Overall, says Shaughnessy, the scientific evidence in favor of ionic air purifiers is weak.
“If you look in the literature and try to try search out the data that shows one of these air cleaners being effective, often that’s very difficult to get. What you end up with are anecdotes or testimonials,” he says.
It’s not that the ionization doesn’t work—the air cleaners do succeed at charging particles. But the problem is what happens next.
“The particles are removed from the air, but you really don’t remove them from the room,” says Shaughnessy. Instead, they are sitting on the surfaces or floor of the room.
That means any disturbance of the particle can cause it to be resuspended into the air. “There is a very real potential to bringing them back into the environment,” he says.
(These are the best air purifiers for mold.)
Are ionic air purifiers dangerous?
Not only are ionic air purifiers not that effective, but they may also actually be bad for you.
The problem with ionic air purifiers is that they emit ozone as a byproduct of the charging process—and ozone is harmful to your health. “It can damage your lungs,” says Fabian.
Although the amount of ozone emitted is lower than that of an ozone generator, a type of air purifier that purposely releases ozone into the air to “sanitize” it, and which are not recommended by experts, “it’s not something that you take lightly,” says Shaughnessy. (Here’s what you need to know about ozone air purifiers.)
The other problem with an ionic air purifier emitting ozone is that ozone is an unstable gas—it has three oxygen atoms, rather than two oxygen atoms, like the oxygen we breathe. That third atom can detach and react with particles in the air, potentially forming formaldehyde, notes Shaughnessy.
Given the health impacts of ozone and the limited effectiveness of ionization in cleaning the air, Shaughnessy doesn’t recommend ionic air purifiers. These include the personal air purifiers that you wear around your neck. “Those are definitely something I wouldn’t encourage.”
How can I clean my indoor air?
There are many options for air cleaners that don’t use ionization. Portable air cleaners with a HEPA filter are a tried and true solution, says Shaughnessy.
“A HEPA filter is one that is defined by its performance,” he says, “which means it is 99.97 percent effective at removing 0.3-micron particles. And it’s even more efficient at particle sizes slightly higher than that. It does a good job, but there’s nothing fancy about it.”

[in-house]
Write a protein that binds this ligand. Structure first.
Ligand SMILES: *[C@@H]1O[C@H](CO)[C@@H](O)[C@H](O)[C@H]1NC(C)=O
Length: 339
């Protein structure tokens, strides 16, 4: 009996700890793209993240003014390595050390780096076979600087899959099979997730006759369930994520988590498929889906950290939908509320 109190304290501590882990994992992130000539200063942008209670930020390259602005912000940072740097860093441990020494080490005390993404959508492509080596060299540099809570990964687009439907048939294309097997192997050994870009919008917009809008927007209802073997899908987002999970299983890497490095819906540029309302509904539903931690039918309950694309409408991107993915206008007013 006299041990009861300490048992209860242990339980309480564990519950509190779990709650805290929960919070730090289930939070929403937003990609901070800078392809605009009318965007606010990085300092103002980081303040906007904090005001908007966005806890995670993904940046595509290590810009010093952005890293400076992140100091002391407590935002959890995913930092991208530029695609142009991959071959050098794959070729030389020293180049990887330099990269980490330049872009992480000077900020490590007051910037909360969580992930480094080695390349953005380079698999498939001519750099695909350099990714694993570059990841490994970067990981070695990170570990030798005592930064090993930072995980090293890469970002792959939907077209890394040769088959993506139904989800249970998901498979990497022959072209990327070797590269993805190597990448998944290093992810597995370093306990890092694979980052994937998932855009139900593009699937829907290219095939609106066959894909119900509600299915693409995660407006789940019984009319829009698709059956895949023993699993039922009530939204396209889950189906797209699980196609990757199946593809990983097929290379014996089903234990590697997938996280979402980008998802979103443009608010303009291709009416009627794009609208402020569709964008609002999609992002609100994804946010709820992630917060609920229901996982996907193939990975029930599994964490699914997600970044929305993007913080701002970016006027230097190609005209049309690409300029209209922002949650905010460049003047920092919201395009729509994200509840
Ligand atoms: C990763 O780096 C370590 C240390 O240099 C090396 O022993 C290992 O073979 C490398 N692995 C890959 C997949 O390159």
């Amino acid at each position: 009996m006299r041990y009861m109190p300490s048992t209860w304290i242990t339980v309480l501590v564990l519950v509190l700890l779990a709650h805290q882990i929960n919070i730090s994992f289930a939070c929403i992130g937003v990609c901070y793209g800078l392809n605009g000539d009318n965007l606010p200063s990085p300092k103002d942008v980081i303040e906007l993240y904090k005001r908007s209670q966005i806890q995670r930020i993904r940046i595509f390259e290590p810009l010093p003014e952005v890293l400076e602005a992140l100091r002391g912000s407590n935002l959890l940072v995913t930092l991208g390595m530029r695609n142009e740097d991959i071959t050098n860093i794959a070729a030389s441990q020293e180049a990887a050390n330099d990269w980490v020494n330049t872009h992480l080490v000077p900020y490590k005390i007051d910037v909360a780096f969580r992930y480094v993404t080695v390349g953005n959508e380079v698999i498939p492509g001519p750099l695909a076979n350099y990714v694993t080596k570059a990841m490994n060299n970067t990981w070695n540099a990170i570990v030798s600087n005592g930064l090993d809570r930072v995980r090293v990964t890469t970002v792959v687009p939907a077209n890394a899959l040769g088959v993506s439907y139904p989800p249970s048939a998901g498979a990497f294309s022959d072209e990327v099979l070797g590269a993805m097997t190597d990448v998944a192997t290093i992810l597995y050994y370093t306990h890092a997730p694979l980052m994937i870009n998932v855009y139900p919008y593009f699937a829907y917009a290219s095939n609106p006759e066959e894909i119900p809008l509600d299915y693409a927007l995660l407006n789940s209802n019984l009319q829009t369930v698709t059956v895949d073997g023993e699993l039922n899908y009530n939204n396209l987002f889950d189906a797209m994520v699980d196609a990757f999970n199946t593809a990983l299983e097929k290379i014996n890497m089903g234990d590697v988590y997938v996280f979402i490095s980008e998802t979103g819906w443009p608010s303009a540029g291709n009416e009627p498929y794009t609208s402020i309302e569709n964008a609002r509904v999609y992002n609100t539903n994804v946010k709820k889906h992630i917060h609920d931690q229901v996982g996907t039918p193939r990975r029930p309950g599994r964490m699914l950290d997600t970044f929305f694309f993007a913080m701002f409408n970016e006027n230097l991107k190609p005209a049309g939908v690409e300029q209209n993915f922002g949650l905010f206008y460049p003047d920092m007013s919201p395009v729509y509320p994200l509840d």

(Also, try these allergist-approved air purifiers.)
When buying a portable air cleaner, look for ones with an activated charcoal filter for gases, recommends the EPA. Don’t be enticed by UV purification—it’s not likely to be effective, since the particle needs to be in the ultraviolet light for an extended about of time for it to have an effect.
And stay away from ozone generators, which the EPA says are dangerous to health.
When it comes to SARS-CoV-2, a purifier can be a helpful tool in reducing exposure. If you have a member of your household who has the virus, Jones recommends running the air cleaner in the room that person is isolating in.
You could also run a purifier in the room if you had someone from outside your household in your home to, for example, service an appliance.
(Find out if UV light kills coronavirus.)
Shaughnessy reminds us that, as with all indoor air quality concerns, purification is only one tool in our arsenal against Covid-19.
“You’re trying to stop the source right at the person. So you’re dealing with masking, social distancing,” he says. “Then we move on to cleaning and disinfecting and then ventilation and air cleaning.”
- Asthma and Allergy Foundation of America: "What is Indoor Air Quality"
- Environmental Protection Agency: "What is a Hepa filter"
- Environmental Protection Agency: "Guide to Air Cleaners in the Home"
- Environmental Protection Agency: "Ozone Generators that are Sold as Air Cleaners"
- Richard Shaughnessy, PhD, head of the Indoor Air Program at Tulsa University, Oklahoma
- Emily Jones, researcher and PhD candidate, department of environmental health, Harvard T.H. Chan School of Public Health, Boston
- M. Patricia Fabian, ScD, associate professor of environmental health, Boston University School of Public Health